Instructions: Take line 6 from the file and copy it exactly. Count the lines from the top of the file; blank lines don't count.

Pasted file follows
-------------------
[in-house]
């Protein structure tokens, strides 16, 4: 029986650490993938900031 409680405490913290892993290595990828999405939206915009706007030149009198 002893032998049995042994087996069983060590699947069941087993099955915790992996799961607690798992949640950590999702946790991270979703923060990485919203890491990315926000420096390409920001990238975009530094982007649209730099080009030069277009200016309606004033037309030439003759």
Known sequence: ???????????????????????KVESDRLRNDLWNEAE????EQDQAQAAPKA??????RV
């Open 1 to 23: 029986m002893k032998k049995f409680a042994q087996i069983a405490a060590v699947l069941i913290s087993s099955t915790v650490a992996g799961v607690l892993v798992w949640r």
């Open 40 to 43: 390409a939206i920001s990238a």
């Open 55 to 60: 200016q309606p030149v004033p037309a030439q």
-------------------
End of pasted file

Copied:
């Open 55 to 60: 200016q309606p030149v004033p037309a030439q």